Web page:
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Scott’s toilet paper plant is on a roll in Chester thanks to the pandemic

By District Energy posted 12-15-2020 07:27


The Philadelphia Inquirer


A second wave of coronavirus has triggered a second wave of product shortages in grocery stores, though not as severe as the panic-driven hoarding that cleared shelves of everything from soup to sanitizer in March. This time around, many retailers have once again imposed limits on purchases of the humblest of household products — toilet paper.

The Chester plant produces 2 million rolls of tissue a day — that’s 1,389 rolls per minute, or 23,000 little squares of toilet paper every second. The annual production would wrap around the planet about a thousand times.

Since the pandemic hit, the Chester mill has been operating full-tilt to keep up with demand. The company immediately imposed strict work rules to keep employees socially distanced and masked. It also reduced the number of packaging options for retailers, requiring fewer production line stoppages to reconfigure equipment for bundling the tissue.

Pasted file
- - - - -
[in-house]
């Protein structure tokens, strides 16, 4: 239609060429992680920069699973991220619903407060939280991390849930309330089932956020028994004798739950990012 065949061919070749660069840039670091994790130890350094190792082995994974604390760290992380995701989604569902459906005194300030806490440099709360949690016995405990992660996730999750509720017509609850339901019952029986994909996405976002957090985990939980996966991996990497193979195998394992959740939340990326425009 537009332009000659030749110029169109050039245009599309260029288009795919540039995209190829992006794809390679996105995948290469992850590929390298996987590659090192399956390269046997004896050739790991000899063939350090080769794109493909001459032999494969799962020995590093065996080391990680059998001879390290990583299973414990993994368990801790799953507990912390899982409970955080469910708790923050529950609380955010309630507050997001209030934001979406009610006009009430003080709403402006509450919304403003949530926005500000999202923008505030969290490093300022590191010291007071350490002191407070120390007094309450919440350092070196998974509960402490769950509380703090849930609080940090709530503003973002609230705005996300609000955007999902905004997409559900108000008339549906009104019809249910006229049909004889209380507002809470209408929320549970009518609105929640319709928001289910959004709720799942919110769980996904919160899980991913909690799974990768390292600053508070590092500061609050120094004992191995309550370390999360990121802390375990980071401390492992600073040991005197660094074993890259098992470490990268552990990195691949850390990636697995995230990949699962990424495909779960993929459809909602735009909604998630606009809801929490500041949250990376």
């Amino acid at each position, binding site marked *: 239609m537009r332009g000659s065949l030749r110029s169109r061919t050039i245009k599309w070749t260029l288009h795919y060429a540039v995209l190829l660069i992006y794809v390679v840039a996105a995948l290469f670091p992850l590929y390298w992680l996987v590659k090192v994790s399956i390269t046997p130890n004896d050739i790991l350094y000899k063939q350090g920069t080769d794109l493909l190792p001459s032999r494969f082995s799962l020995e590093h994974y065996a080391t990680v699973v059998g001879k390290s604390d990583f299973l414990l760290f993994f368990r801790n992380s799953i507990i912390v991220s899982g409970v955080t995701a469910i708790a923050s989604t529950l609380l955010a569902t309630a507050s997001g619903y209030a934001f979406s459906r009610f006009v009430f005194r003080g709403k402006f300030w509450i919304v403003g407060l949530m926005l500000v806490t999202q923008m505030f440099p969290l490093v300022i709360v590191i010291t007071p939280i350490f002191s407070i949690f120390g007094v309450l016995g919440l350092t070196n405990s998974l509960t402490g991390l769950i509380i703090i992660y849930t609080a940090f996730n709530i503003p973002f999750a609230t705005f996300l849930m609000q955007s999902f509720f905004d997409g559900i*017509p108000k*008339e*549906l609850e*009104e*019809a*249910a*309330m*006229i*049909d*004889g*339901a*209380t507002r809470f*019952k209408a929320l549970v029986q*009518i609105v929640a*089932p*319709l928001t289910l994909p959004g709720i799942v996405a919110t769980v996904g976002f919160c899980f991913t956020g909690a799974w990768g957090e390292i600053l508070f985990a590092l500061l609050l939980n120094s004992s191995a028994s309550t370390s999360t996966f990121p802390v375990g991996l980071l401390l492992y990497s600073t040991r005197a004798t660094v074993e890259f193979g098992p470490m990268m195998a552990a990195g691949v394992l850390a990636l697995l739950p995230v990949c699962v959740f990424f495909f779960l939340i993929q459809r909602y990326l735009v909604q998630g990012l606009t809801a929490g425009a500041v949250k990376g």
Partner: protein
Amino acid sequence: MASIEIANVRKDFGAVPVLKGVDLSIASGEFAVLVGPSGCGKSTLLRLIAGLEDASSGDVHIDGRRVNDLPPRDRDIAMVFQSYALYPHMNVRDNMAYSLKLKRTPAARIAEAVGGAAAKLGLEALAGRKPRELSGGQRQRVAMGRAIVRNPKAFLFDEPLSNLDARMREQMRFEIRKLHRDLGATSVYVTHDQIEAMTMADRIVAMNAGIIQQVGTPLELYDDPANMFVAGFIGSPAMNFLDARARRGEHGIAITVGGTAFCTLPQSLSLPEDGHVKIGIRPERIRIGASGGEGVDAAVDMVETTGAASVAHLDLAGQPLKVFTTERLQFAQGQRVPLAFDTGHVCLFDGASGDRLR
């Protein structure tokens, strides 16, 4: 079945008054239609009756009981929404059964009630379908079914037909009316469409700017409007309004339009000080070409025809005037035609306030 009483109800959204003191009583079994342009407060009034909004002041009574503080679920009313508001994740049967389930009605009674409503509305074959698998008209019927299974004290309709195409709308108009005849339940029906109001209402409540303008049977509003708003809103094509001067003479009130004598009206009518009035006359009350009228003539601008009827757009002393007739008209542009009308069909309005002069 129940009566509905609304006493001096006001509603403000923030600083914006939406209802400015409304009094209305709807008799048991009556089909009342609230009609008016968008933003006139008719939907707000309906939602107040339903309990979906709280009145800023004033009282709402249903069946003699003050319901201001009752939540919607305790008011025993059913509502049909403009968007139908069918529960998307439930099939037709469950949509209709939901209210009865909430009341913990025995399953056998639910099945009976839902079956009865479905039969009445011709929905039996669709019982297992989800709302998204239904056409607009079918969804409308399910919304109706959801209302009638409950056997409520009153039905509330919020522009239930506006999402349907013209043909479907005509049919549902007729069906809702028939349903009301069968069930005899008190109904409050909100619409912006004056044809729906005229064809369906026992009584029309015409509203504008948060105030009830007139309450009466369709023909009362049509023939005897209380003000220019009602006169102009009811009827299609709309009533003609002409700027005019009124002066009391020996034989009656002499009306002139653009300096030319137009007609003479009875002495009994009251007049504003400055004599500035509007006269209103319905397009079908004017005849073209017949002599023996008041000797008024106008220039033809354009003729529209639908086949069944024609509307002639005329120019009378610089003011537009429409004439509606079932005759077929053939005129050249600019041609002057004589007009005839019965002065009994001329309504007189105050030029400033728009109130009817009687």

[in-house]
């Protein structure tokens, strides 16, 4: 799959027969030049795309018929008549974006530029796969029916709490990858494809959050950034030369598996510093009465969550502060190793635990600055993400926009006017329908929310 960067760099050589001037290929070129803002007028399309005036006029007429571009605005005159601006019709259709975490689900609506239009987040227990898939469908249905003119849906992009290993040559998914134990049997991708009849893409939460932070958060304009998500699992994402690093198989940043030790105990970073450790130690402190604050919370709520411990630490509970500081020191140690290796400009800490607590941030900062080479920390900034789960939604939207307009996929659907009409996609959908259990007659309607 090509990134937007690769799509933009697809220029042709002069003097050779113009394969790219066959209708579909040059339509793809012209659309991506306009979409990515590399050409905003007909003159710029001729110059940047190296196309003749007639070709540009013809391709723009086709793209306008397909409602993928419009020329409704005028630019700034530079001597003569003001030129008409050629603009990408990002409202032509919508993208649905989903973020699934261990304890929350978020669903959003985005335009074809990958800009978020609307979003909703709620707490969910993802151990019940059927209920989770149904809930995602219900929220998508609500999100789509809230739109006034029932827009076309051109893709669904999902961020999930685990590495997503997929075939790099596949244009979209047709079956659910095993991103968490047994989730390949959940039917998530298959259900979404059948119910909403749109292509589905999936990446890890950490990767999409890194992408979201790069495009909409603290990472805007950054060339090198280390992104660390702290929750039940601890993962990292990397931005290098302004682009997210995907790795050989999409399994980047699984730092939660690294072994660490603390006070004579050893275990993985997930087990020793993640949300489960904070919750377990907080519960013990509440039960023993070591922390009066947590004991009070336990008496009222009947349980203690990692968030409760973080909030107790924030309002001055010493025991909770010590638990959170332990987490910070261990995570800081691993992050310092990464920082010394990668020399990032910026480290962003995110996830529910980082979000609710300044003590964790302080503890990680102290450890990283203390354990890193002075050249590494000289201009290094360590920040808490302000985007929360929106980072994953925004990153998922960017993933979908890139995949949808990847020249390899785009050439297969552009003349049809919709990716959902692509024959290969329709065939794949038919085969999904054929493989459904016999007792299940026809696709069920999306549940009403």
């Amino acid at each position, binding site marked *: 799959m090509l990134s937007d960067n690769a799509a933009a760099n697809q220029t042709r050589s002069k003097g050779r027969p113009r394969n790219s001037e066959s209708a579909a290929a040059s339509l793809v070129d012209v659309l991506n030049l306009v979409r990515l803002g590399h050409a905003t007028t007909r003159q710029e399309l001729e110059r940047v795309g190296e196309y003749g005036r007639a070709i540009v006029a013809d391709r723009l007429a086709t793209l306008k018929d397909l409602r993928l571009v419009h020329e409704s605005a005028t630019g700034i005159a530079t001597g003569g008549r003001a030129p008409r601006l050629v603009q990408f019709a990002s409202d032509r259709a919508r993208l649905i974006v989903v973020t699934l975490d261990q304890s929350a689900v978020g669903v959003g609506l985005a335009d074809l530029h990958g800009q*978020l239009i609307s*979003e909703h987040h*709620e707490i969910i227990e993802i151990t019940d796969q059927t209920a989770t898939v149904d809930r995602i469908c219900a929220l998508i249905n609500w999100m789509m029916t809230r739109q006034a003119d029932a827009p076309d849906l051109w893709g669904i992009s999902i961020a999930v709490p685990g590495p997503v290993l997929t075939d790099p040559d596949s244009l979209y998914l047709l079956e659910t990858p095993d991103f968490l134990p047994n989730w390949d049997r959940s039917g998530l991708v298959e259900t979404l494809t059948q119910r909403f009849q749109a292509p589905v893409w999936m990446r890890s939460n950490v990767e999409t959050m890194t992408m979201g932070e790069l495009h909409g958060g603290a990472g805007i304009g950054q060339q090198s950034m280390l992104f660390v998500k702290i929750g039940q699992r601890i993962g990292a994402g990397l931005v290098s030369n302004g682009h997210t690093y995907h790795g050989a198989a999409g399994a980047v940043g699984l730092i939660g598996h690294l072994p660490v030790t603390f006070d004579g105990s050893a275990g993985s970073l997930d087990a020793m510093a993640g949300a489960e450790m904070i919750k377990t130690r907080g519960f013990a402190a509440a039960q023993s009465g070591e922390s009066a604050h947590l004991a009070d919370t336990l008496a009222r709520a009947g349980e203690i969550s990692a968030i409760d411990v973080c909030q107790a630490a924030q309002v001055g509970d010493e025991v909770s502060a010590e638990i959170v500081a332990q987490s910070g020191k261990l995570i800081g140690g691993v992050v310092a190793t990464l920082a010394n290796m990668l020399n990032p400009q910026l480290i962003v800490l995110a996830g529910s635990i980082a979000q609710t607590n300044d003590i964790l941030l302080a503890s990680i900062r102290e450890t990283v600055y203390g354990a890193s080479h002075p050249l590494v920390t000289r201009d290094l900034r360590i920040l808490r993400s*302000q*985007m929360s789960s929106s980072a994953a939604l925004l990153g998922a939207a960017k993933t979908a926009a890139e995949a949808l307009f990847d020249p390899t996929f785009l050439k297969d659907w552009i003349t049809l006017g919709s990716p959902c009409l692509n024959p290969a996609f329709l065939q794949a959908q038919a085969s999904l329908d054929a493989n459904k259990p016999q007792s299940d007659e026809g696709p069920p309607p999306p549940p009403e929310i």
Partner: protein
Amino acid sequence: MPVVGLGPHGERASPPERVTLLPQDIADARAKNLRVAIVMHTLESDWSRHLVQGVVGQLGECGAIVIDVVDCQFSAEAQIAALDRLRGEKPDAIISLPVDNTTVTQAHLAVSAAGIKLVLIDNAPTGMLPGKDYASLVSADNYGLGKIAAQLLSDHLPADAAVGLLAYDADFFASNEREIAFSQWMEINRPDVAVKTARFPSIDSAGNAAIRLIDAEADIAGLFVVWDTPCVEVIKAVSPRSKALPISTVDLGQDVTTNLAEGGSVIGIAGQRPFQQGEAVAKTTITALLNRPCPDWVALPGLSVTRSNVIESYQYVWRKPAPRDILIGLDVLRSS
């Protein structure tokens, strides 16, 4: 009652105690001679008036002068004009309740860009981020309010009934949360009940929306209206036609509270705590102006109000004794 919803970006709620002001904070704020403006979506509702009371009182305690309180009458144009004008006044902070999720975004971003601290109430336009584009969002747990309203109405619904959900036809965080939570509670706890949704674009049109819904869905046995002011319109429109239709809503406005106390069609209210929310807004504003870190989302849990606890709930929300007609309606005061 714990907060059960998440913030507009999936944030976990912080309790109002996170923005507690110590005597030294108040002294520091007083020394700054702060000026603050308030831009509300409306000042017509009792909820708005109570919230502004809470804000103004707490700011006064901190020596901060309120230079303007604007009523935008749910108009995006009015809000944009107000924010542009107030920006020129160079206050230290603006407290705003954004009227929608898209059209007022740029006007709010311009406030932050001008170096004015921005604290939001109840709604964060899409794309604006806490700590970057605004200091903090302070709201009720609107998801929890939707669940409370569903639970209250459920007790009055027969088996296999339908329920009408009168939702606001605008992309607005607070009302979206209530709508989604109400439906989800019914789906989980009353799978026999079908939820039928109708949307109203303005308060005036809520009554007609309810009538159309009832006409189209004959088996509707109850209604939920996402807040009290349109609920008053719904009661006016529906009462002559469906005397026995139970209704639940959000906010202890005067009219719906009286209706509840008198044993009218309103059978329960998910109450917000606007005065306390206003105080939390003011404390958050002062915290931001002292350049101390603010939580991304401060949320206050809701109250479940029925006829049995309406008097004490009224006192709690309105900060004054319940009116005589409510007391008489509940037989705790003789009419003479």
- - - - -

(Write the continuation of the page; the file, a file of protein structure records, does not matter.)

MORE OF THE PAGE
The Chester mill stepped up output during the pandemic at the same time as it was completing a major $150 million upgrade at the mill: construction of a new natural gas-fired cogeneration plant. The production of paper requires enormous quantities of energy, both to run machinery and to dry paper. The 24-megawatt cogeneration plant, supported by a $6 million state grant, supplies the plant with all the electricity and steam it needs.

The new power plant, which went online earlier this year, allowed Kimberly-Clark to retire its coal-fired power plant. Demolition of the old plant is underway now. The conversion reduces the mill’s greenhouse gas emissions by 50%, which helps Kimberly-Clark get a step closer to its goal of cutting its carbon footprint in half by 2030.

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